Submitted by acohill on Mon, 10/04/2004 - 12:00
Bert Rutan's SpaceShipOne won the $10 million X Prize by sending a ship into suborbital space twice in two weeks. The second of two successful flights took place today, and Mojave, California will likely become a historical milestone alongside Kitty Hawk, North Carolina.
Submitted by acohill on Mon, 10/04/2004 - 09:07
An op-ed piece in the NY Times (registration required) provides another data point to show that outsourcing jobs to other countries is not the national crisis the mainstream media has tried to make it.
The author provides data that shows the U.S., as other studies have suggested, is actually showing net gains from outsourcing. That is, outsourcing low pay, low skills jobs creates other business opportunities that more than offset the direct job loss.
As the author notes, this data is not a great comfort to a region that has lost those jobs. Factory floor workers who have had their jobs outsourced need training and help to be able to compete for the higher wage, higher skill jobs that are being created.
For rural communities, it's another indicator that business as usual just won't work. The Old Economy jobs being lost cannot be replaced by more aggressive industrial recruitment, better brochures, or a new logo--all things I've seen promoted as "proof" of a revitalized local economic development program.
What does work? Here are some things that are important in the Knowledge Economy:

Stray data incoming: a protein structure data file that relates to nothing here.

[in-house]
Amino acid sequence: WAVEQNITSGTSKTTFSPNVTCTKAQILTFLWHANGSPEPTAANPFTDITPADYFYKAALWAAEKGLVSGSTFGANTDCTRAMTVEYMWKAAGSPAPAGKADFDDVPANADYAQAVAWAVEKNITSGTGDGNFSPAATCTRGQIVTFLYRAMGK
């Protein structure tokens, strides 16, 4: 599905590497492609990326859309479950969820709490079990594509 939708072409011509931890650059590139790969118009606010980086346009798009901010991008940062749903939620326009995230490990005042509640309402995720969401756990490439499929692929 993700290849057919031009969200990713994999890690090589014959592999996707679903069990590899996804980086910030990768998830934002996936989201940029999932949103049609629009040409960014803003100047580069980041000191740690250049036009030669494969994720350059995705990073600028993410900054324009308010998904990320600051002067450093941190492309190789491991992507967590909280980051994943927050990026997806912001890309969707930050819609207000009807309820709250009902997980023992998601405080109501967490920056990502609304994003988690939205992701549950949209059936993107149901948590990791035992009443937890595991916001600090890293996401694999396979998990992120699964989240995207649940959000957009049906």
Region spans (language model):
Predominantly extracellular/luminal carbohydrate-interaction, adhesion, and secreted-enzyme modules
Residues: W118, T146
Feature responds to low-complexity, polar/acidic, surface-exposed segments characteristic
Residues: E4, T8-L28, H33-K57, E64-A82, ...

Submitted by acohill on Fri, 10/01/2004 - 08:46
In an indication that the company intends to provide still competition to the regional telephone companies, AT&T has cut their CallVantage VoIP service price by 25%, from $40/month to $30/month.
CallVantage, which works only if you have broadband service, provides local and long distance service nationwide for a flat $30 a month--the lowest call plan we've ever seen, including those offered by some of the cellphone providers.
When you add up how much money the residents and businesses of a community are stuffing in envelopes every month for phone service, it turns out it is a lot of money. Broadband, despite the cost, can produce savings in other areas, like phone service. Anything that helps keep a community more of its money (i.e. broadband) is a very good thing.
Submitted by acohill on Wed, 09/29/2004 - 14:59
Griffin's RadioShark is another piece of the convergence puzzle falling into place.
The RadioShark is an AM/FM tuner that plugs into your computer via a USB port. You can listen to broadcast radio in real time through your computer speakers, but of course, an old-fashioned analog radio would do that as well.
The RadioShark comes with software that allows you to record broadcasts and listen to them later. So if you can't listen to Al Franken or Rush Limbaugh at work, your computer can record those and play them back later.
For iPod fans (both Mac and Windows iPod owners), the software is fully integrated with iTunes, so you can transfer the recorded broadcasts to your iPod effortlessly and take them with you.
What I'd like to see is an integrated AM/FM/TV tuner that does all this. You can buy the TV tuner and record television programs on your hard drive, and the RadioShark does the same for radio. But I want fewer devices that do more. It's only a matter of time before someone combines these functions into one simple box.
Submitted by acohill on Wed, 09/29/2004 - 11:08
Following up on the new Book of the Month (The Hidden Power of Social Networks), here are some of the conclusions from the book, and they may surprise you.
I've been collaborating with Rick Smyre of Communities of the Future on capacity-building needs for organizations and communities, and one of the key concepts we have identified is "learning webs."
A learning web is a small group of people who have a strong trust relationship and who are committed to helping each other learn about and stay current with new ideas, concepts, and information that may be important to individuals in the group.